Instagram Stories may soon feel a bit more seamless. The Meta-owned platform has launched a live test of 60-second Stories, Social Media Today reports, which is quadruple the length of the current 15-second segments. Last month, mobile developer and reverse engineer Alessandro Paluzzi uncovered the test in the app’s code, which is currently rolling out live to a small group of users, Instagram confirmed. “The ability to create longer Stories posts comes highly requested by our community,” the company told Social Media Today. “We’re excited to be testing 60-second Stories so that people can create and view Stories with fewer interruptions.”
CouRage, the noted gamer and 100 Thieves co-owner, has re-upped with YouTube, where he first signed an exclusive streaming deal roughly two years ago — one of the first such deals that the platform ever inked. CouRage, whose real name is Jack Dunlop, will continue to stream on YouTube, where he says he has experienced 134% growth across his two channels since onboarding exclusively in 2019. He currently counts 3.5 million subscribers on his flagship gaming hub, and 782,000 followers on a second channel, which is home to reactions, challenges, and pranks. Since signing with YouTube two years ago, “I have broken every single record I’ve personally set in my history of livestreaming,” Dunlop said in a statement. “It’s pretty simple for me: there’s no better place on the internet than YouTube to center your content.”
Disguised Toast might be one of the more well-known names in the streaming industry after his time broadcasting games like Hearthstone, Teamfight Tactics, and, most recently, Among Us. You’d think he’d be a hot commodity for any streaming platform to acquire. But in a recent stream, the 29-year-old revealed that the offer he got from Twitch in 2019 was astronomically low. The offer that Twitch made to him two years ago was 30 times less in comparison to the offer he received from competing platforms, like Facebook Gaming, according to Toast. This was ultimately one of the biggest reasons for his decision to switch platforms, especially because he was already one of the more successful creators on the site.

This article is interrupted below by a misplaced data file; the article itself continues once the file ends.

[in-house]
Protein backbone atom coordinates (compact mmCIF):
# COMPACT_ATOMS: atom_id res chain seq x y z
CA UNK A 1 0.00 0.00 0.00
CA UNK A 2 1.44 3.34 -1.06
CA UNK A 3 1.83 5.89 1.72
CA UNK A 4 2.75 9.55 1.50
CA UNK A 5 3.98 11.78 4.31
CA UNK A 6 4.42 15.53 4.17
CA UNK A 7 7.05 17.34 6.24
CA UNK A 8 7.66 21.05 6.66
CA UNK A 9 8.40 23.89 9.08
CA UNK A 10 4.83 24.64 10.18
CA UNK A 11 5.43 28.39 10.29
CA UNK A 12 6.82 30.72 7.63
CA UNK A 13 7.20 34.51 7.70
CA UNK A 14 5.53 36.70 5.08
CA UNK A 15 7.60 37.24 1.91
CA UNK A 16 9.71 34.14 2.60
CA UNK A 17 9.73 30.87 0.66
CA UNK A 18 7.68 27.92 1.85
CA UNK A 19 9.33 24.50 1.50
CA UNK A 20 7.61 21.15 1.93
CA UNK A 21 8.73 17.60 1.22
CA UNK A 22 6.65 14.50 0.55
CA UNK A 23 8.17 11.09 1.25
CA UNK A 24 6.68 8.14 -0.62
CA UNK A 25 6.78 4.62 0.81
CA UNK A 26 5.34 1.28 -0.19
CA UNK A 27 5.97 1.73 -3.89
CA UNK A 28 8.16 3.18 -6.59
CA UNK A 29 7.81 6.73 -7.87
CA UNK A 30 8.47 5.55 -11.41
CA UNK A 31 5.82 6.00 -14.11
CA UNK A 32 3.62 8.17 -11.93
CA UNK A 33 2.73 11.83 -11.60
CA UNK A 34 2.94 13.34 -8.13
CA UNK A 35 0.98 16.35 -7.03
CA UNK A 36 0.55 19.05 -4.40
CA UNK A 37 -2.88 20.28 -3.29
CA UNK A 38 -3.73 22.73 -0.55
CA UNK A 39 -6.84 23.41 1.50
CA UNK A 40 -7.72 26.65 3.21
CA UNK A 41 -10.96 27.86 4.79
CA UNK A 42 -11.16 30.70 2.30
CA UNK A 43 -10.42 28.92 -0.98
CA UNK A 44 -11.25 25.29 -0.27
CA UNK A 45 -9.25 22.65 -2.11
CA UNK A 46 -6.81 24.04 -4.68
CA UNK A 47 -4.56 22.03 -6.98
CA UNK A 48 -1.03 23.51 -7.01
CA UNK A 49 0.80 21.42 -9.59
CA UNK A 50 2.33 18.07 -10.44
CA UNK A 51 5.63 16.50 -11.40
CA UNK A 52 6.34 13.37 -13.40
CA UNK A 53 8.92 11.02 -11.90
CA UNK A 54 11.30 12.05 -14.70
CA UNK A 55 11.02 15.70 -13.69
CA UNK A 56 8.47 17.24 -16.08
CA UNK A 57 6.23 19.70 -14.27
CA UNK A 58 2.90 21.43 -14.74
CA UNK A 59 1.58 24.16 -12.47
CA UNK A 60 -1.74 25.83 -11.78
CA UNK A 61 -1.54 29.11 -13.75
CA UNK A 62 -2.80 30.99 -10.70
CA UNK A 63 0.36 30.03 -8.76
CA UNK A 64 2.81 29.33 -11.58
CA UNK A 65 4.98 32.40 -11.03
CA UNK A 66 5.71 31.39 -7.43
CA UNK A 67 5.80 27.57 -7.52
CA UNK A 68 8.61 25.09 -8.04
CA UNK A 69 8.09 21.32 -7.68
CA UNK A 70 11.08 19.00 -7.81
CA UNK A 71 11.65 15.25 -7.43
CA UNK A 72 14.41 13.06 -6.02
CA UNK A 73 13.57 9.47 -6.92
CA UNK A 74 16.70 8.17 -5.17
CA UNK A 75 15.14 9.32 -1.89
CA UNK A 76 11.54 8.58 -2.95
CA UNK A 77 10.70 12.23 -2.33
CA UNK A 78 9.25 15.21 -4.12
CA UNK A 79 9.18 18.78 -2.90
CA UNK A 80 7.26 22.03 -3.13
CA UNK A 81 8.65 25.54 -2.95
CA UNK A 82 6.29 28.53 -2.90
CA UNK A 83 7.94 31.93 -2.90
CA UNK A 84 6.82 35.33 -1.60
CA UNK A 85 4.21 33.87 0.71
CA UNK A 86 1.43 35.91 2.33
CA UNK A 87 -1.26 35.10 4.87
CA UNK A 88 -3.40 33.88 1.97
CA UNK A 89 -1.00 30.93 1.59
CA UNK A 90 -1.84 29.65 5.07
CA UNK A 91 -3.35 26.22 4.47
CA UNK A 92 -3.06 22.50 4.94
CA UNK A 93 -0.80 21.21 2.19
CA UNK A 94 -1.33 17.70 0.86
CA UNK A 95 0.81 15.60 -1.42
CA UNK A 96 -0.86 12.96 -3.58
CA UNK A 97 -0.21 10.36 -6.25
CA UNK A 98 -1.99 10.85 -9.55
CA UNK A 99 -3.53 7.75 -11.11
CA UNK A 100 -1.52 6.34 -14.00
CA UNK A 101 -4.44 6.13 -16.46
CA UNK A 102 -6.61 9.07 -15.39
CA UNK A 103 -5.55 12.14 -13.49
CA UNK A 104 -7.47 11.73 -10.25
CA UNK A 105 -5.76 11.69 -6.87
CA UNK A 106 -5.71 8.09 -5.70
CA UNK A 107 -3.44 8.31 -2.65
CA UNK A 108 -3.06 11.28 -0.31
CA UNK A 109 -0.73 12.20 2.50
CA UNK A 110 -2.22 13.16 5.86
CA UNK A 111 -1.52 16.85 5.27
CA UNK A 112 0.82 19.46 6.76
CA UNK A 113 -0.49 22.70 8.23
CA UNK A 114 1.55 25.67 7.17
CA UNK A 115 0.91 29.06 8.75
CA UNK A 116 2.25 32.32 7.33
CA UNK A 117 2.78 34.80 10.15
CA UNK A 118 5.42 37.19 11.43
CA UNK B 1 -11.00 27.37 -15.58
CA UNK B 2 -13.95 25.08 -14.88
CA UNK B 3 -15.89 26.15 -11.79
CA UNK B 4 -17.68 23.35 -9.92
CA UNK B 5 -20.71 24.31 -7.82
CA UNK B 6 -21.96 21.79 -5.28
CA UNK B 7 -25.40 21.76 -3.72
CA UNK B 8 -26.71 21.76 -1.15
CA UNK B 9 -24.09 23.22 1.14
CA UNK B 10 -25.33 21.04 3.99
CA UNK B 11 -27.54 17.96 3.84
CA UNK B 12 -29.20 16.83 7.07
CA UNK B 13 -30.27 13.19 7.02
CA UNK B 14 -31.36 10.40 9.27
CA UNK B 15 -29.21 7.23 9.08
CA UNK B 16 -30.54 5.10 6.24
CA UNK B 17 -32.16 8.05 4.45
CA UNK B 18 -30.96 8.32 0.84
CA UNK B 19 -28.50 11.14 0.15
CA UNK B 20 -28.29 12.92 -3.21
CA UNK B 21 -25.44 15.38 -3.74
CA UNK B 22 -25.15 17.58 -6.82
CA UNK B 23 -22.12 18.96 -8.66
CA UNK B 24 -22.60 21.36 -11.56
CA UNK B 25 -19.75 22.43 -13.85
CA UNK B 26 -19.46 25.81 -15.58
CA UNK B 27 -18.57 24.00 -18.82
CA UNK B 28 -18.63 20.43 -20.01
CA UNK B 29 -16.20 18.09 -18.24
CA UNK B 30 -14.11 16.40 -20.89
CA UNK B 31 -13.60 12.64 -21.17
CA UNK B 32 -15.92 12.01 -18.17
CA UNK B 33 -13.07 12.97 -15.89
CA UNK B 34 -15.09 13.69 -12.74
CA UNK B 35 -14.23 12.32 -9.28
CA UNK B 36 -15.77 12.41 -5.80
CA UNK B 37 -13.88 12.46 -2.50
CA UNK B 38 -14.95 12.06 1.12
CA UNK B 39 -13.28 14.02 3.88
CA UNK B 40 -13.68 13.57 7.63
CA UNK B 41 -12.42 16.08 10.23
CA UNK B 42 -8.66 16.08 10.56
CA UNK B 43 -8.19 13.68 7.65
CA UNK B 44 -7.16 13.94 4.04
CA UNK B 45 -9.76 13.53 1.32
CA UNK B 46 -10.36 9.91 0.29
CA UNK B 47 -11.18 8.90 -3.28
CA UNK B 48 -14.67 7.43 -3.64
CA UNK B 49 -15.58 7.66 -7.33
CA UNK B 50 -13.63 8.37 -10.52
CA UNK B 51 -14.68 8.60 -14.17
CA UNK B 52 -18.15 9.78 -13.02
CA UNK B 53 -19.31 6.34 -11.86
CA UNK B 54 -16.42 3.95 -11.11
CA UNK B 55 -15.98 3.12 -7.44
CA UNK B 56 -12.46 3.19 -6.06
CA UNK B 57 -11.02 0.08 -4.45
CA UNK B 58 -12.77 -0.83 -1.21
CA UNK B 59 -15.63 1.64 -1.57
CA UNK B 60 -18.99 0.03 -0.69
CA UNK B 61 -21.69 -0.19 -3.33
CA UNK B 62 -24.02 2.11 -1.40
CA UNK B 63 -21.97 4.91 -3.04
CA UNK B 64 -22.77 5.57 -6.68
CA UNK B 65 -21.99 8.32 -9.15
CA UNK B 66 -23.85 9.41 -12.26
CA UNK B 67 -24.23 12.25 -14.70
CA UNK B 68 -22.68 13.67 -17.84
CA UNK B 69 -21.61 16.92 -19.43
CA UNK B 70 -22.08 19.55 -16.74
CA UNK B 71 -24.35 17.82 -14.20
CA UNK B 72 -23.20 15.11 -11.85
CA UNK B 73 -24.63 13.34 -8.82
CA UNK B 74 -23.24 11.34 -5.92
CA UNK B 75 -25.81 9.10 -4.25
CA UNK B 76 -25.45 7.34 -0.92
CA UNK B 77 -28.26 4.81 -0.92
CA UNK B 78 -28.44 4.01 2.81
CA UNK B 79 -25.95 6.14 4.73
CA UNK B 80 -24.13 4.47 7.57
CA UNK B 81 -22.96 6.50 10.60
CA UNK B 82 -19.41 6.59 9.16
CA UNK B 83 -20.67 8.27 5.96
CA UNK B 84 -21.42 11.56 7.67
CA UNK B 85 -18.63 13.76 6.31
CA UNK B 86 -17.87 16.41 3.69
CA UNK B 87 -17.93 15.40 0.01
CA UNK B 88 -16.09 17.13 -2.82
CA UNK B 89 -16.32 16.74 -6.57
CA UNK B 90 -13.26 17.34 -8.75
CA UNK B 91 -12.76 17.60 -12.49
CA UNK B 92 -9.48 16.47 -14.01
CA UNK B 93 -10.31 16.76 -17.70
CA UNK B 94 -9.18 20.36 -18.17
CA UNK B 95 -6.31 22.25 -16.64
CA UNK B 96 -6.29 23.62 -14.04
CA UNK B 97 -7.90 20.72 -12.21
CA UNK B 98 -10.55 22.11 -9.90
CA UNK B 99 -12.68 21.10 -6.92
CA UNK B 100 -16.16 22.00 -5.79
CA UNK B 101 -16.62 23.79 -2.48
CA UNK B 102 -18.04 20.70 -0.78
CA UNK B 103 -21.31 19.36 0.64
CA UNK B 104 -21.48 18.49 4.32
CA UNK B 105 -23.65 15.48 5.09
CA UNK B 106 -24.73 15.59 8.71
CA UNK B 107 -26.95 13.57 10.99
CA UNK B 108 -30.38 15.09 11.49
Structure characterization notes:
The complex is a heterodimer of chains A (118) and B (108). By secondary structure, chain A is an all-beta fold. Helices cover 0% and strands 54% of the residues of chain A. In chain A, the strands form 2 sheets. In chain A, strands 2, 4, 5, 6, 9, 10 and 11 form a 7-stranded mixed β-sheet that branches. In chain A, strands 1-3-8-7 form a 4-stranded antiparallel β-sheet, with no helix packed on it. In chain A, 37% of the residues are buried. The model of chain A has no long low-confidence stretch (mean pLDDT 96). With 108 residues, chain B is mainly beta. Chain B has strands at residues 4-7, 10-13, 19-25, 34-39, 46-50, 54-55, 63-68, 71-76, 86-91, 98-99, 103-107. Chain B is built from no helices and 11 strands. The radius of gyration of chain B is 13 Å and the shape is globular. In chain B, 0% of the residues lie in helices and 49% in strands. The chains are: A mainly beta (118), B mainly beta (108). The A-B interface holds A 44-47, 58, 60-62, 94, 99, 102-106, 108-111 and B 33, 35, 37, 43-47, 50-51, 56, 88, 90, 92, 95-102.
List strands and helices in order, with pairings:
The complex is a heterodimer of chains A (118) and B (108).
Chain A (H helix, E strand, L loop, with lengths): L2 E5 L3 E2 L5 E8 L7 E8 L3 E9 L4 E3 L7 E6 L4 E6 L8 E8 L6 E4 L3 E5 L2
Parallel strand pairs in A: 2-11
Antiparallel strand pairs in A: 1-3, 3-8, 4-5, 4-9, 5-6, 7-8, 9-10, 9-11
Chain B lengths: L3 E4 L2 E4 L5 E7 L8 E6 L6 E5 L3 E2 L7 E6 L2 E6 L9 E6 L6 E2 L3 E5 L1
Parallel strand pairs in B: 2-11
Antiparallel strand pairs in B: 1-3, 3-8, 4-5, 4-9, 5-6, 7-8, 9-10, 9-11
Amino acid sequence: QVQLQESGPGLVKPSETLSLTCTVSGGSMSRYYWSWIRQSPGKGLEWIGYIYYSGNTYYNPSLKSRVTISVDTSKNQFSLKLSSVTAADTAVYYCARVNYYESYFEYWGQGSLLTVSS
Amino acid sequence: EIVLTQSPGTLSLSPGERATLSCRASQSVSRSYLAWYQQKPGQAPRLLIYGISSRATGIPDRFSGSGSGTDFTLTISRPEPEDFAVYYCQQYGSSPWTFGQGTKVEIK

BLAST Rising, an online CS:GO series hosted by tournament organiser BLAST, has expanded into the Latin American (LATAM) region. As a result, the third BLAST Rising tournament will feature 16 invited teams from the region competing for $15,000 (~£11,224) in prize money. The tournament will be organised by gaming agency Fantasyexpo, a licensee for the Polish broadcasting rights of BLAST Premier. The tournament will officially commence on November 30th, with the teams competing expected to be revealed soon. Andrew Haworth, Commissioner for BLAST Premier and Director of Operations & Production at BLAST, spoke on the expansion in a release: “After the success of the first two European-based BLAST Rising tournaments, we’re delighted to be able to expand into the LATAM region and give teams in South America a platform to compete and impress."
Berlin-based esports organization G2 Esports has announced an exclusive partnership with headwear brand New Era. The companies will collaborate on a cap and beanie collection which will be made available across both New Era and G2’s ecommerce platforms. Notably, the collection will also be made available in brick-and-mortar retail locations and third-party New Era retailers. It is rare to see esports team merchandise sold in a physical store other than at a tournament venue. New Era joins G2’s growing portfolio of partnerships which includes adidas, Ralph Lauren, Betway, BMW, Mastercard, Twitch, Pringles, and Red Bull. While some esports organizations such as 100 Thieves have focused on building their own in-house apparel brand, G2 has chosen instead to partner with multiple apparel companies and collaborate on various merchandise lines.
The Greater Raleigh Convention and Visitors Bureau and Subnation Media have revealed that North Carolina’s State Legislature budget now includes a $5M USD grant fund for esports which aims to encourage esports productions and event organizers to host their events in the state. The Esports Industry Grant Fund was introduced by Subnation, an esports media company and advisory group, alongside NC Rep. Jason Saine. North Carolina and Raleigh in particular have made a concerted effort to become a destination for esports events in recent years. The Greater Raleigh Esports Local Organizing Committee, co-chaired by Subnation Chief Managing Director Ed Tomasi, helped to secure Raleigh as the destination for the 2019 Rainbow Six Siege Raleigh Major. The event drew 2.6K daily attendees and generated $1.45M in direct economic impact for the area.